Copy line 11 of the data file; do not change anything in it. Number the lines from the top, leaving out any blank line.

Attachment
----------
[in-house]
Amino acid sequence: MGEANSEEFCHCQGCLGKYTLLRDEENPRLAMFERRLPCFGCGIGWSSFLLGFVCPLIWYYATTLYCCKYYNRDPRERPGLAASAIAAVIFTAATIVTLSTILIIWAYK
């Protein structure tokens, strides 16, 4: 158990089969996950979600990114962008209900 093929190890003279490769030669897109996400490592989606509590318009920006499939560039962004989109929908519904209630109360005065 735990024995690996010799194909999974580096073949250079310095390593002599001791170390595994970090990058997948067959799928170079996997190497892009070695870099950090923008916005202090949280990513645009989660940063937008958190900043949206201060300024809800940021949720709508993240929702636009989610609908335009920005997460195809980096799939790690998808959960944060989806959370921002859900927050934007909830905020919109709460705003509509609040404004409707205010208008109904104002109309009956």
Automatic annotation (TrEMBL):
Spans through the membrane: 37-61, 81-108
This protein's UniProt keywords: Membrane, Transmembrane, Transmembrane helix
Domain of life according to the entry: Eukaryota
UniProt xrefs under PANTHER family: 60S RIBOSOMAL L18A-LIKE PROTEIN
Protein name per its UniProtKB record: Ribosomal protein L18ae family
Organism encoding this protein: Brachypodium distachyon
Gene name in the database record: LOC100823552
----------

Gene name in the database record: LOC100823552